; Gilmour et al. ; Sakamoto et al. specific function and its activity should be assigned to a need to begin to introduce stress tolerance genes in crop plants. improve the tolerance of crops to a biotic stresses. Identification of stress-specific gene expression can provide important insights into the metabolic adaptations that are needed for anoxia tolerance, with potential applications to anoxia-intolerant systems.
Various methods are available to do this, including high throughput microarray screening and construction and screening of cDNA libraries.
MTs are low-molecularweight, cysteine-rich proteins that have high affinity for binding metal cations, and their overexpression can increase plant tolerance to specific metals (Fernandez et al.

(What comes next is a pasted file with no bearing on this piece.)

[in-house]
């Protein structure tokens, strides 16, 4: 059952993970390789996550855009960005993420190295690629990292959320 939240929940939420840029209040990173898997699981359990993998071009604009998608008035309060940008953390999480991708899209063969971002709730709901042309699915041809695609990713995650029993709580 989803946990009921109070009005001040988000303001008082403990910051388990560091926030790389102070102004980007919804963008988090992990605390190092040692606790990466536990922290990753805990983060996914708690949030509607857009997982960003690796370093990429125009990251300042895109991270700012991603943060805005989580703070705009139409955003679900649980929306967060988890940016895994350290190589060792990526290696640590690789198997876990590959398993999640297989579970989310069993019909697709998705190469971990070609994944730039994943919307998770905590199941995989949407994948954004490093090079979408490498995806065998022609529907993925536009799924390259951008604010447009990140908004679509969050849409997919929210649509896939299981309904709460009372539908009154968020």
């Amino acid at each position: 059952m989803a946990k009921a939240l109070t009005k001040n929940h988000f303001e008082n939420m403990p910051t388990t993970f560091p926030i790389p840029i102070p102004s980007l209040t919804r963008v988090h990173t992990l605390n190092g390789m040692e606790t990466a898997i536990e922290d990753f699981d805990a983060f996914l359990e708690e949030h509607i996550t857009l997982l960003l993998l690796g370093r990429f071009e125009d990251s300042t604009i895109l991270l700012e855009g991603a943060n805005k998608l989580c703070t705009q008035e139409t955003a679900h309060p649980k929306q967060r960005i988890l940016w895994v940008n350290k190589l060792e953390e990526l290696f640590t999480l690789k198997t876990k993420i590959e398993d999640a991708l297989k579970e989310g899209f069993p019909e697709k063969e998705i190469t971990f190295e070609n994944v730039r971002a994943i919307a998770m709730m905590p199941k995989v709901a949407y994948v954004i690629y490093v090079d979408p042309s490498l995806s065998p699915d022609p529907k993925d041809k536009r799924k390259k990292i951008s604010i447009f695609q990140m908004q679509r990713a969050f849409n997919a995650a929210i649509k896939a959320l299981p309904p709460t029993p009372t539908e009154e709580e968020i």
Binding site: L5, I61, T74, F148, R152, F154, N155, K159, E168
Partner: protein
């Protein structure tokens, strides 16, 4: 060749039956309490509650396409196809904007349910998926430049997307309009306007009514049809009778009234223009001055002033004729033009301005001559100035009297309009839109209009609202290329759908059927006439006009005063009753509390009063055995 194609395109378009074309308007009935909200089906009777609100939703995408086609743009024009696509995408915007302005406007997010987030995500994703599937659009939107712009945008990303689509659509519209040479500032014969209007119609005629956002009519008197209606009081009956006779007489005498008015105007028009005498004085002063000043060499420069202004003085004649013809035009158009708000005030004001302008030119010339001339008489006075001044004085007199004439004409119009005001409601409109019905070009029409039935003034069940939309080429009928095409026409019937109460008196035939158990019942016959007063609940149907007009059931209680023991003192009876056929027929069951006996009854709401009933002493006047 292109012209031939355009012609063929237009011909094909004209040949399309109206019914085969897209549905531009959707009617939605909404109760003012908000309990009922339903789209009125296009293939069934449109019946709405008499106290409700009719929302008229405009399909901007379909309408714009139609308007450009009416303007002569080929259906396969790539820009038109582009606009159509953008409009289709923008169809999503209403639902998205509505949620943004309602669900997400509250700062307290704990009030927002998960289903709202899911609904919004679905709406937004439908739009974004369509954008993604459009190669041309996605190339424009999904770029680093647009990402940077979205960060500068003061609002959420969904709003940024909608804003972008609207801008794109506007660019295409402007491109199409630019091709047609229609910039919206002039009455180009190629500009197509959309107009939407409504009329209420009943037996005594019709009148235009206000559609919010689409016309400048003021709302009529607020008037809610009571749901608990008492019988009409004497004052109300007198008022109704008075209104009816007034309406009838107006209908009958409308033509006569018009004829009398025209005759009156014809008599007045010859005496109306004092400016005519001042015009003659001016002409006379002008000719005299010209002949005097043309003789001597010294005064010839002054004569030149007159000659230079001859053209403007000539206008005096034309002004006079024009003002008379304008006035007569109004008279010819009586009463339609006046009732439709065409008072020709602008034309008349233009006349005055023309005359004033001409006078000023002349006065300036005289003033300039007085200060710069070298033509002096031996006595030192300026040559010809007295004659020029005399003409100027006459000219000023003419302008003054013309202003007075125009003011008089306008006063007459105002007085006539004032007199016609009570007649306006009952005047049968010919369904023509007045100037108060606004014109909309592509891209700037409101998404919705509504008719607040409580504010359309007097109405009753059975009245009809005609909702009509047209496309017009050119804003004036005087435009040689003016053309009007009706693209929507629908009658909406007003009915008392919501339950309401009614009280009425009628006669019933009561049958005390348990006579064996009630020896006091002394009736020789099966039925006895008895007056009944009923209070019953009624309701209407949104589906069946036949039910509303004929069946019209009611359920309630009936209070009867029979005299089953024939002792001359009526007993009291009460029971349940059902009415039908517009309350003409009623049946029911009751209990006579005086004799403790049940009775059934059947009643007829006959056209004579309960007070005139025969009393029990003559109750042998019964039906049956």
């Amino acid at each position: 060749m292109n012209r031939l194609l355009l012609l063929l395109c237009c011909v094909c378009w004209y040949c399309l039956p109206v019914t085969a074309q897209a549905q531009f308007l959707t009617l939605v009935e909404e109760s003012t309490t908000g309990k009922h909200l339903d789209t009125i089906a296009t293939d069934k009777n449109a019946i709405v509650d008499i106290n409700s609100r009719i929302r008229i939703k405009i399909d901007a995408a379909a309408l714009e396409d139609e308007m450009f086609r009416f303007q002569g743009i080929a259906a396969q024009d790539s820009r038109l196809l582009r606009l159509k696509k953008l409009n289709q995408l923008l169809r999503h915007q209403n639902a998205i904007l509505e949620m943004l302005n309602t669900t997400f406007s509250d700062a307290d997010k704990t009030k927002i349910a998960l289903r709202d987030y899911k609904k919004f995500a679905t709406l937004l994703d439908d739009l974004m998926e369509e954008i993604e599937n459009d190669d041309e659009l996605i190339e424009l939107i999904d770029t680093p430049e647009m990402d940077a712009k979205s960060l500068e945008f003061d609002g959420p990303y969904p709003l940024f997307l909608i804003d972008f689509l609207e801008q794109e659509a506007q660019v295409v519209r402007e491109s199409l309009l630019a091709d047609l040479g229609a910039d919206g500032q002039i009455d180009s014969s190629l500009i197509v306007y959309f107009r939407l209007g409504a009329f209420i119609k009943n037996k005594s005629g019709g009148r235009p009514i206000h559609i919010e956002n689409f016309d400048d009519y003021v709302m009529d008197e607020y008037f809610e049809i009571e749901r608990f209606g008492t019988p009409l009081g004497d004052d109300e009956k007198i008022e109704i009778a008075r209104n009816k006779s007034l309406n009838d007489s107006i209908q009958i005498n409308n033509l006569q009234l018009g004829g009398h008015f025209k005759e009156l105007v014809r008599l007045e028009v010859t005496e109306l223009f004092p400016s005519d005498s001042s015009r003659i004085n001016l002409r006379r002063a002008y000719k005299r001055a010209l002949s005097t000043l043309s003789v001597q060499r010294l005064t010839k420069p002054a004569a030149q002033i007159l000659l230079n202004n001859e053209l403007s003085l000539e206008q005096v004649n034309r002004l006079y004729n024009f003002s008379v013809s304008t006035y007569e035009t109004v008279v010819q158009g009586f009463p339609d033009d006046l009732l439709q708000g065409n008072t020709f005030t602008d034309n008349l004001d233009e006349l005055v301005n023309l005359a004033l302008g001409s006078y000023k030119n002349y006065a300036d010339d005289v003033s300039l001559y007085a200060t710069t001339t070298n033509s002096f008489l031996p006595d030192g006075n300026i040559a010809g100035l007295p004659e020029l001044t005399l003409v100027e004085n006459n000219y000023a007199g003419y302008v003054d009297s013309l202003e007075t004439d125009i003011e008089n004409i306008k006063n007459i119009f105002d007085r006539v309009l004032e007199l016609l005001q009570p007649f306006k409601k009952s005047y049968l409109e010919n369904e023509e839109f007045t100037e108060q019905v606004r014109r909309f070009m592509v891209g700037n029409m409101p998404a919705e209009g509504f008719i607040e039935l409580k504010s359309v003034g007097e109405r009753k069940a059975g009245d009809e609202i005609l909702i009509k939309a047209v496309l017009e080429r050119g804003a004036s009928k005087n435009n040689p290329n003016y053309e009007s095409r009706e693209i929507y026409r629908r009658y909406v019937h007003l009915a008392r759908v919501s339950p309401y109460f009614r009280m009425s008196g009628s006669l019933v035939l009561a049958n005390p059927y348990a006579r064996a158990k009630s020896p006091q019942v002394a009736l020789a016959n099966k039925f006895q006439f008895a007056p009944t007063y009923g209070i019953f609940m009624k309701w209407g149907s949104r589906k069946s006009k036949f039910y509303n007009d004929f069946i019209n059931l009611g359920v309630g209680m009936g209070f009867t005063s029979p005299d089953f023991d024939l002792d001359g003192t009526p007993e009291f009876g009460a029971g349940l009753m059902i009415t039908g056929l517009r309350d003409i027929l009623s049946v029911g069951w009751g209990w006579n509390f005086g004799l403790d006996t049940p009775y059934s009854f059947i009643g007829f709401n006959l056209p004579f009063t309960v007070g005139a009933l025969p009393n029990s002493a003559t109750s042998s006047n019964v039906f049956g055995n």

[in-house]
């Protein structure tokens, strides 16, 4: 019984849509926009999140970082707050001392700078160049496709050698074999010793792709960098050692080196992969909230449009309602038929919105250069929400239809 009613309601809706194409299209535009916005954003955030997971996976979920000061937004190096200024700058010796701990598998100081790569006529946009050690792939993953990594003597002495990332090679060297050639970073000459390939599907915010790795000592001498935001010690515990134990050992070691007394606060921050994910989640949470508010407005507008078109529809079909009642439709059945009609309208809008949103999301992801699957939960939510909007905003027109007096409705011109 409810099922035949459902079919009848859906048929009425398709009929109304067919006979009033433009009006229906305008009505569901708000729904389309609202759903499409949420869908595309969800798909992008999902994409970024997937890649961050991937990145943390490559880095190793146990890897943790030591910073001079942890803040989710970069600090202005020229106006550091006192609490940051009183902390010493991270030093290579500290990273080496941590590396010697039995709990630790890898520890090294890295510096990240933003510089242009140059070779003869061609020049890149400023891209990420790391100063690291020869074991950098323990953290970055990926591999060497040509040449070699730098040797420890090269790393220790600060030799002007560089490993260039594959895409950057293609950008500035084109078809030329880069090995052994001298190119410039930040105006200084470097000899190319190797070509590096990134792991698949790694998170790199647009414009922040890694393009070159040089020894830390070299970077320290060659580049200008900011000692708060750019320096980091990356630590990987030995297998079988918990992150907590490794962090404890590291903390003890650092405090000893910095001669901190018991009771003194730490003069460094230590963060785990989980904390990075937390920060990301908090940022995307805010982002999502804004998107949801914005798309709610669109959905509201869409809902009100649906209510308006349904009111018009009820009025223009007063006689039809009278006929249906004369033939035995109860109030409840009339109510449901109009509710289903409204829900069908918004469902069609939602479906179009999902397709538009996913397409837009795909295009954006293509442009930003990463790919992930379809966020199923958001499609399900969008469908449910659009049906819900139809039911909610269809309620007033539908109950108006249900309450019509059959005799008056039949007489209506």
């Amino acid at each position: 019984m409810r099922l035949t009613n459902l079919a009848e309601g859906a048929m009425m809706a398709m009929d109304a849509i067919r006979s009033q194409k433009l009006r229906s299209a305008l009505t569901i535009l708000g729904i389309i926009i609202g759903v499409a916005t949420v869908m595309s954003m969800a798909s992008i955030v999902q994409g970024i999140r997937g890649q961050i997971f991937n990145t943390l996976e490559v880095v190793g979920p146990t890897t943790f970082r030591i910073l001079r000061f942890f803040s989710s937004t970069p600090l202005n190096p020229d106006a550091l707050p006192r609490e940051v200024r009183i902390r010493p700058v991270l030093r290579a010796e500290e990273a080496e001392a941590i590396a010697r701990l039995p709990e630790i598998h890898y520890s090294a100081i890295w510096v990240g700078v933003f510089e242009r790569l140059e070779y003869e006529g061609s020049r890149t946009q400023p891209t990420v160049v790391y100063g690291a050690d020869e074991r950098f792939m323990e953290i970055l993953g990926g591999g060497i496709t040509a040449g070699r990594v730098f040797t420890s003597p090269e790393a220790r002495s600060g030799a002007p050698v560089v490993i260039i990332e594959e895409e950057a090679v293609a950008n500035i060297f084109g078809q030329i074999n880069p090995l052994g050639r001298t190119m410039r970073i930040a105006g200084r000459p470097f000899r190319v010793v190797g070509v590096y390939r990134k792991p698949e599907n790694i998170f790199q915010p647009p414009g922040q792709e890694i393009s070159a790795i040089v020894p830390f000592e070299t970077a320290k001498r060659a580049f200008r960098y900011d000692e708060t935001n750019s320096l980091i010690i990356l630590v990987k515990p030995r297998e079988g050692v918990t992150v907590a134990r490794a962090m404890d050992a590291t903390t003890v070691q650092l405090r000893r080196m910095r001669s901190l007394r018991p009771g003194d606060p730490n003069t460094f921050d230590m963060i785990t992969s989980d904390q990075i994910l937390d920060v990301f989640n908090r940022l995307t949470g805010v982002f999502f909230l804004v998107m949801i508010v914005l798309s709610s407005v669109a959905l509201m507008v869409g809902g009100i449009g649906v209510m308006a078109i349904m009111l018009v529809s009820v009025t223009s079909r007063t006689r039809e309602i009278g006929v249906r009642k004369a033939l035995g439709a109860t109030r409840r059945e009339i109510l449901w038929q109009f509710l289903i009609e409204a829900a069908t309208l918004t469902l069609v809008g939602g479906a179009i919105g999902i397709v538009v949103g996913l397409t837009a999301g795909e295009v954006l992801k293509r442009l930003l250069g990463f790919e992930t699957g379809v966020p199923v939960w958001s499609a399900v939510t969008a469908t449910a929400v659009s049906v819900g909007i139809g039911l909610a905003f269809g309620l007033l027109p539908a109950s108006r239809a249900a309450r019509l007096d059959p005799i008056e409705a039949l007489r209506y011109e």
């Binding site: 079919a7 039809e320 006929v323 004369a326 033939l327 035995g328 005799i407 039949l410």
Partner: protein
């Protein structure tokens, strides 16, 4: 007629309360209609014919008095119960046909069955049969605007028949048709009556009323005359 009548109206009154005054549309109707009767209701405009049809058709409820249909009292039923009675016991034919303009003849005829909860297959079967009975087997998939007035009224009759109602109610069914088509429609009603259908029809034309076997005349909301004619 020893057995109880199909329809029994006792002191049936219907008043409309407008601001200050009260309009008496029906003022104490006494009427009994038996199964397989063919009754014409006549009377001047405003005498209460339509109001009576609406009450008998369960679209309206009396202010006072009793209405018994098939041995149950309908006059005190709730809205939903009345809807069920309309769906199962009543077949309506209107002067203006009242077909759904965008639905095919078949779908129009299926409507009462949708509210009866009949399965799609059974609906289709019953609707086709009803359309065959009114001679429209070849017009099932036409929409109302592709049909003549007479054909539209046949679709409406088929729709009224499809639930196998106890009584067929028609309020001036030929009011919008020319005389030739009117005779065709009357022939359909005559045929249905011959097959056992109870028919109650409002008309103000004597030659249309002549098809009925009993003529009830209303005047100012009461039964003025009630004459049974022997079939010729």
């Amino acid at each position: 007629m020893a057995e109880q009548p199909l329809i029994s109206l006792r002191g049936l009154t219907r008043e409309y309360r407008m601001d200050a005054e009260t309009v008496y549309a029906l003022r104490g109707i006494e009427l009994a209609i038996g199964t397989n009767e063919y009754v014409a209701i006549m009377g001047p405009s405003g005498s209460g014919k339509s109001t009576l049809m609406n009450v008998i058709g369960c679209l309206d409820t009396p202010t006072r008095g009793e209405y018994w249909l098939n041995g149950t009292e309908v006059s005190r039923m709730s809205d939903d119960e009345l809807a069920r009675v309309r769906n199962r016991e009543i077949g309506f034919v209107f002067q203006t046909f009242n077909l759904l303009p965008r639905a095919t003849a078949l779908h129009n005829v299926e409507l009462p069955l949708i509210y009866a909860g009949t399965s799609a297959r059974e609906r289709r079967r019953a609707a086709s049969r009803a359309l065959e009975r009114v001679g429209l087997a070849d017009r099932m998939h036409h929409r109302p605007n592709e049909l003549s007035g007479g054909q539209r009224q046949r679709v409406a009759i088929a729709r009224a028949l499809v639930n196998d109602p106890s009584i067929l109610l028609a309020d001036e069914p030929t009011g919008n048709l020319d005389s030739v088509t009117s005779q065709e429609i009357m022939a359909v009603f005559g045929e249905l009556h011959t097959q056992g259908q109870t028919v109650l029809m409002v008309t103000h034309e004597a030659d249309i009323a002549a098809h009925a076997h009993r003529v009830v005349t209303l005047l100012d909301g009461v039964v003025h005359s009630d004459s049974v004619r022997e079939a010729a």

Tolerance to submergence and low oxygen availability (hypoxia) have been considered to be influenced by different members of subgroup VII. HSFA4, a class A HSF, is found in a variety of plant species and confers tolerance to certain environmental stresses.
For example, estradiol-dependent induction of Arabidopsis AtHSFA4aconfers enhanced tolerance to salt and oxidative stress by interacting with MPK3/MPK6 signaling (Pérez-Salamó et al., ).
Oxygen (O 2) is essential for aerobic life; however, the level of O 2, whether too low (hypoxia) or too high (hyperoxia), can induce oxidative injury and increase morbidity and tion of O 2 homeostasis represents a major aspect of many disease etiologies and pathobiology.
In the past, our laboratory has been using Drosophila melanogaster to investigate the cellular and molecular. Gain- and loss-of-function mutations in Zat10 enhance the tolerance of plants to abiotic stress. FEBS Lett. – /t [PMC free article] [Google Scholar] Mittler R., Vanderauwera S., Gollery M., Van Breusegem F.